The sun could ward off dementia and strokes after scientists showed a direct link between vitamin D and the conditions in a world-first study.
A new study based on Britons has said cases of dementia could fall by nearly a fifth if people who are deficient in the vitamin take supplements to bring them back to healthy levels,
It is known as the sunshine vitamin because the skin makes it when exposed to light.
The team from the University of South Australia screened nearly 300,000 people from the UK Biobank looking at the impact of low vitamin D levels and the risk of dementia and stroke.
They found that low vitamin D levels were associated with lower brain volumes and an increased risk of dementia and stroke.
Further genetic analyzes have supported a causal effect of vitamin D deficiency and dementia.
They said that in some populations, up to 17% of dementia cases could be prevented by increasing normal levels of vitamin D.
Dementia is one of the leading causes of disability and dependency in older people worldwide, affecting thinking and behaviors as you age.
Globally, more than 55 million people have dementia and 10 million new cases are diagnosed each year. With no cure in sight, there is an increasing focus on preventative behaviors.
Alzheimer’s disease and other forms of dementia affect more than 920,000 people in the UK, a figure that will rise to two million over the next three decades.
Study author Professor Elina Hyppönen, senior researcher and director of UniSA’s Australian Center for Precision Health, said the findings are important for the prevention of dementia and for appreciating the need to abolish vitamin D deficiency.
“In this UK population, we observed that up to 17% of dementia cases could have been prevented by increasing vitamin D levels to within a normal range,” she said.
“Our study is the first to examine the effect of very low levels of vitamin D on the risk of dementia and stroke, using robust genetic analyzes in a large population.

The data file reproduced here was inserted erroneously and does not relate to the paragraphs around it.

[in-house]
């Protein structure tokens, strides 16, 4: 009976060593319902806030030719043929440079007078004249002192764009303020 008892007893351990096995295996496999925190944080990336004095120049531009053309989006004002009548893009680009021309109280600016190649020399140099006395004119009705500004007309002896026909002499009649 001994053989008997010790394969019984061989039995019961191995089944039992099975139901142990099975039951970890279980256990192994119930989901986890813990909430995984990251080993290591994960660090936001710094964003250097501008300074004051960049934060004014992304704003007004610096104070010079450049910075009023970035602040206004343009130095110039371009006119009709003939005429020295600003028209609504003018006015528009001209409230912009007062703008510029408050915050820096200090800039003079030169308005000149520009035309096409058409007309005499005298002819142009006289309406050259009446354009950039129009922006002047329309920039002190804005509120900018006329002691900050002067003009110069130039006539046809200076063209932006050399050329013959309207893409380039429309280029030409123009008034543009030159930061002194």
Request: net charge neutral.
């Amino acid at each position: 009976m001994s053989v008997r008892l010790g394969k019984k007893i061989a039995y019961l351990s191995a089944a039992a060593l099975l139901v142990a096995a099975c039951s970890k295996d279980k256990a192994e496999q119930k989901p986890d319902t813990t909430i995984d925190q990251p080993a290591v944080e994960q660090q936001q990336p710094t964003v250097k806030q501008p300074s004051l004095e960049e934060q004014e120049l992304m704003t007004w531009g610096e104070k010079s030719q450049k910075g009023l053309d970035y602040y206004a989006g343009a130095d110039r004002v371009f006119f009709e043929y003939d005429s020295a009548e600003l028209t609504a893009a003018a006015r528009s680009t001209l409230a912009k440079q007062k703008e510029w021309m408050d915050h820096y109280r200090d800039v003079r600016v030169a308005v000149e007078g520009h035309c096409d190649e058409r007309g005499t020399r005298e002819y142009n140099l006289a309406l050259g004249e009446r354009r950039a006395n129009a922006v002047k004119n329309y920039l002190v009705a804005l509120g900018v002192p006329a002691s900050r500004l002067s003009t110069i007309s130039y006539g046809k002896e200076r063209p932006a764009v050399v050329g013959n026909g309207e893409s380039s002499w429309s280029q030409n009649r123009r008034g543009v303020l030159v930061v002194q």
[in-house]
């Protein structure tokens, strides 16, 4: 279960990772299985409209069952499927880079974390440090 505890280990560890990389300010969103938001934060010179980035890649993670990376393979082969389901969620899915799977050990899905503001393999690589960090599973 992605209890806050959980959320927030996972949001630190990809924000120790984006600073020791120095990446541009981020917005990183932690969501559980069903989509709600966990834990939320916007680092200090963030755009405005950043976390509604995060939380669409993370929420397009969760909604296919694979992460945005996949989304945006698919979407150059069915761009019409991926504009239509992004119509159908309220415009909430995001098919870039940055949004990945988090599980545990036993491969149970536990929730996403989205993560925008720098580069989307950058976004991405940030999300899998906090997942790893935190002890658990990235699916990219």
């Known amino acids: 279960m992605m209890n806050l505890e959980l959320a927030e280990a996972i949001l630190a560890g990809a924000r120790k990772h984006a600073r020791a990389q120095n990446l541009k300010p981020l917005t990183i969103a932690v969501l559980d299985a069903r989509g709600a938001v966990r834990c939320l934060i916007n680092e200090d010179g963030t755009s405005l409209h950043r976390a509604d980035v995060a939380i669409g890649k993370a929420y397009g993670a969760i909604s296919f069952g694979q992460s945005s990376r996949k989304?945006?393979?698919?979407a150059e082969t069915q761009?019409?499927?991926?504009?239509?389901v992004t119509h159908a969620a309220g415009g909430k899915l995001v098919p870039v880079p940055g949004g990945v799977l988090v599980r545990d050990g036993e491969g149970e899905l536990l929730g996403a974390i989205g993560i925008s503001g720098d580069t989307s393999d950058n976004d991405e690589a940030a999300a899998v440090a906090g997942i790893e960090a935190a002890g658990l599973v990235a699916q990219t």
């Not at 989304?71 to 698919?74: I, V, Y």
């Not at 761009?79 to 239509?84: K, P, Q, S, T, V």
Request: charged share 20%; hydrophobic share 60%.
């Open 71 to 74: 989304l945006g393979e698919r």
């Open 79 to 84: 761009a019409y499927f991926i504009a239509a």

“Vitamin D is a hormone precursor that is increasingly recognized for its widespread effects, including on brain health, but until now it has been very difficult to examine what would happen if we could prevent vitamin D deficiency. vitamin D.
“In some settings, where vitamin D deficiency is relatively common, our findings have important implications for dementia risk.
“Dementia is a progressive and debilitating disease that can devastate individuals and families.
“If we are able to change this reality by ensuring that none of us are seriously deficient in vitamin D, this would also have other benefits and we could change the health and well-being of thousands of people. .
“Most of us are probably fine, but for anyone who, for whatever reason, is not getting enough vitamin D from sunlight, dietary changes may not be enough and supplementation may be necessary.”
The genetic study analyzed data from 294,514 participants from the UK Biobank, examining the impact of low levels of vitamin D (25 nmol/L) and the risk of dementia and stroke.
Nonlinear Mendelian (MR) randomization – a method of using measured variation in genes to examine the causal effect of modifiable exposure on disease – was used to test the underlying causality of neuroimaging findings , dementia and stroke.
The study was published in the American Journal of Clinical Nutrition.
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